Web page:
There is an inevitability about the cost of geyser maintenance and replacement: the owner concerned is liable for anything the body corporate’s insurer does not pay! It’s useful to understand the provisions that make for this “no place to hide” situation.
Most modern residential schemes have the geyser inside the section, so in terms of section 44(1)(c), it’s clear maintenance is the owner’s responsibility.
Another common arrangement is that the geysers are located in the roof space and supply one or a group of sections.
In very big buildings, particularly older ones, the hot water is often supplied to all sections from one or more boilers, usually located in a basement or boiler room. The maintenance of this system is clearly the body corporate’s responsibility and costs paid out of the administrative fund.
It is the situation where the geyser serves one or a small group of sections and is located on common property that is the most interesting.
Because section 37(1)(j) makes maintenance of the common property the responsibility of the body corporate, on the face of it the geyser on the common property is also the body corporate’s responsibility, both operationally and financially. But no! Enter prescribed management rule 68(1)(vii).
PMR 68(1)(vii) makes a number of provisions in one quite long sentence. Here it is:
“(1) In addition to his obligations in terms of section 44 of the Act, an owner-
(vii) shall maintain the hot water installation which serves his section, or, where such installation serves more than one section, the owners concerned shall maintain such installation pro-rata, notwithstanding that such appliance is situated in part of the common property and is insured in terms of the policy taken out by the body corporate.”
Let’s break it down:
a. Owner to maintain the geyser that serves his or her section.
b. If the geyser serves more than one section, those owners maintain it pro-rata.
c. The owner or owners must maintain the geyser that supplies their sections even though it might be on common property.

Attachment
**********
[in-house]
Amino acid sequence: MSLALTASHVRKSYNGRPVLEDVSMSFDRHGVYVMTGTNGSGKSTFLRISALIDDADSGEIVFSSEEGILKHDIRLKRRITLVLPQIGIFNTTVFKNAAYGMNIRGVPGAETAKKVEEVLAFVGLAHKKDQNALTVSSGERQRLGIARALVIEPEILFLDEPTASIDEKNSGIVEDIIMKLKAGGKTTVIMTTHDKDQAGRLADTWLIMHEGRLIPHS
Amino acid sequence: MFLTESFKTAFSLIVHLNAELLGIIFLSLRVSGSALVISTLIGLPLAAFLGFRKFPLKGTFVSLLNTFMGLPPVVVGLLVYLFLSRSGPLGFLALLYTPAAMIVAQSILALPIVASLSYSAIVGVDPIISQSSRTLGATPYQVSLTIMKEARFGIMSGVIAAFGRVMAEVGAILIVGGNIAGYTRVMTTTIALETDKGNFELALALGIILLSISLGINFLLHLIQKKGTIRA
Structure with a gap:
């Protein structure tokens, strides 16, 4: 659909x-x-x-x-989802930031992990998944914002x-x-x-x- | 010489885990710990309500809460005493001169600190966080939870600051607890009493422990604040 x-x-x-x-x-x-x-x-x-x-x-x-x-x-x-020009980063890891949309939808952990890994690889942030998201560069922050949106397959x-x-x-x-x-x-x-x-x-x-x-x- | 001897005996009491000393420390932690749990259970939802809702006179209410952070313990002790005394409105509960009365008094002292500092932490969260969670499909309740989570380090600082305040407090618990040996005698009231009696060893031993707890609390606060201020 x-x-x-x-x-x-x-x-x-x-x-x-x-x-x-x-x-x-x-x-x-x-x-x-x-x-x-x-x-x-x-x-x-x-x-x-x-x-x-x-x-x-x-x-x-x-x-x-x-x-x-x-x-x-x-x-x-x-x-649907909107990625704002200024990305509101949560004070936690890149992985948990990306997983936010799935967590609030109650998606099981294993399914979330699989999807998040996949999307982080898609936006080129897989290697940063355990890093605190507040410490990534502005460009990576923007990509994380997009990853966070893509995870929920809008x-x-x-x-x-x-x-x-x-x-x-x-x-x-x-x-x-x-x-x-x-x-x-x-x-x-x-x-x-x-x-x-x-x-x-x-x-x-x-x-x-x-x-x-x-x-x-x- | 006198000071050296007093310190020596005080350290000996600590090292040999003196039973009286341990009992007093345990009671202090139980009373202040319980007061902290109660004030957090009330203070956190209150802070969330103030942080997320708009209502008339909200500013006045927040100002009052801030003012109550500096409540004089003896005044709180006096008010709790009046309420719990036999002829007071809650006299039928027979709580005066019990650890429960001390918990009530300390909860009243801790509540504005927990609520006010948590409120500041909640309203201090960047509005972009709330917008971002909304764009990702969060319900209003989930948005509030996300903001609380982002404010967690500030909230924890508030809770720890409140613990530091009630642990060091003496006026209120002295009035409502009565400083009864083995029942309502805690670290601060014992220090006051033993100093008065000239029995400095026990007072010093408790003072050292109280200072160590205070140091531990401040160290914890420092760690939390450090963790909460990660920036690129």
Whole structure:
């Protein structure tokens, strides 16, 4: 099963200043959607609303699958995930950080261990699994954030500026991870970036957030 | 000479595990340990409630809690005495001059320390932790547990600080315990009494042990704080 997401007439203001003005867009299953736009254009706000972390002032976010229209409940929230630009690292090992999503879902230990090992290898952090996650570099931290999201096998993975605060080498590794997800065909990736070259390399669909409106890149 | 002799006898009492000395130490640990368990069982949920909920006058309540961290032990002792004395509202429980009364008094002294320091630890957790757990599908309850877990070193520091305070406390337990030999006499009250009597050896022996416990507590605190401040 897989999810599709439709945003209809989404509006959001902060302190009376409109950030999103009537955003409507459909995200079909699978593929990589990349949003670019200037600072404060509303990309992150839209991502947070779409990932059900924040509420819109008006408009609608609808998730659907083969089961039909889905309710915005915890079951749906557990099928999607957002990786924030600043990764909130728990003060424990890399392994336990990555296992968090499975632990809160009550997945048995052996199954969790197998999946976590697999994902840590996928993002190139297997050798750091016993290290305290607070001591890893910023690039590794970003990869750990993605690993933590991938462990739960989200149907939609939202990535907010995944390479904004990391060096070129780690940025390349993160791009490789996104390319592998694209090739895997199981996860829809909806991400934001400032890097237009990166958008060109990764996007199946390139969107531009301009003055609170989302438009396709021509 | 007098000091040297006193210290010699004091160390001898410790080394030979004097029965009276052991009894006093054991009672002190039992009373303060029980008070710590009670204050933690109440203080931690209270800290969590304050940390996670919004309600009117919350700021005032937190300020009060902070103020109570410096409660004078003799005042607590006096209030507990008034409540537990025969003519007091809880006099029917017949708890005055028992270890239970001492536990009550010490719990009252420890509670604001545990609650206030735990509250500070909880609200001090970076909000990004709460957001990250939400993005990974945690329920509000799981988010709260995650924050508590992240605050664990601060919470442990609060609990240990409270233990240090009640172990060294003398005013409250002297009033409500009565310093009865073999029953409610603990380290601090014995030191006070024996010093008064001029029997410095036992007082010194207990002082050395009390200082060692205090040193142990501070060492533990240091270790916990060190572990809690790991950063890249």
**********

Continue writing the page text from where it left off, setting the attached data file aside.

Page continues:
d. The owner or owners must maintain the geyser that serves their sections even though it is included in the body corporate building insurance policy.
1. The first part is clear and applies to geysers on common property and to geysers inside sections – although that is a reiteration of a detail covered by section 44(1)(c).
2. This part is clear enough and incidentally applies to the boiler situation.
3. This is the main point of this provision and is necessary because of section 37(1)(j). The body corporate must maintain the common property but geysers on common property are the exception. Really, the provision exists to make that exception, which is fair since geysers inside sections must be maintained by the owners of those sections.
4. The last statement is an interesting inclusion. I guess it takes care of an objecting owner holding that since the geyser is insured by the body corporate, the body corporate must maintain it, no matter where it’s located.
Geysers are traditionally included in building insurance and the premium is paid by the body corporate but not the excess payments that result from a claim against the insurer. There are two ways that is ensured.
First, if the geyser is inside the section, PMR 29(4) applies. The rules says an owner is responsible for any excess payment for claims against the body corporate building insurance in respect of his or her section, unless the body corporate has made this a specific exception to the rule, and that can only be done by special resolution.
Secondly, PMR 68(1)(vii)’s shifting the maintenance responsibility for an installation on common property to the owner concerned also means that any excess applied to a claim for a geyser on common property must be paid by the owner or owners of the sections supplied by that geyser.
No matter which way one looks at it, owners have to call the plumber and pay for their geyser maintenance!
Image source: hometips.com
Article reference: Paddocks Press: Volume 10, Issue 9, Page 2.
Anton Kelly is an extremely knowledgeable specialist Sectional Title and HOA teacher and consultant. Having been the lead teacher on all the Paddocks courses for the last 5 years, Anton lives and breathes Sectional Title and HOA law, all day every day. There are not many issues he hasn’t come across before.
This article is published under the Creative Commons Attribution license.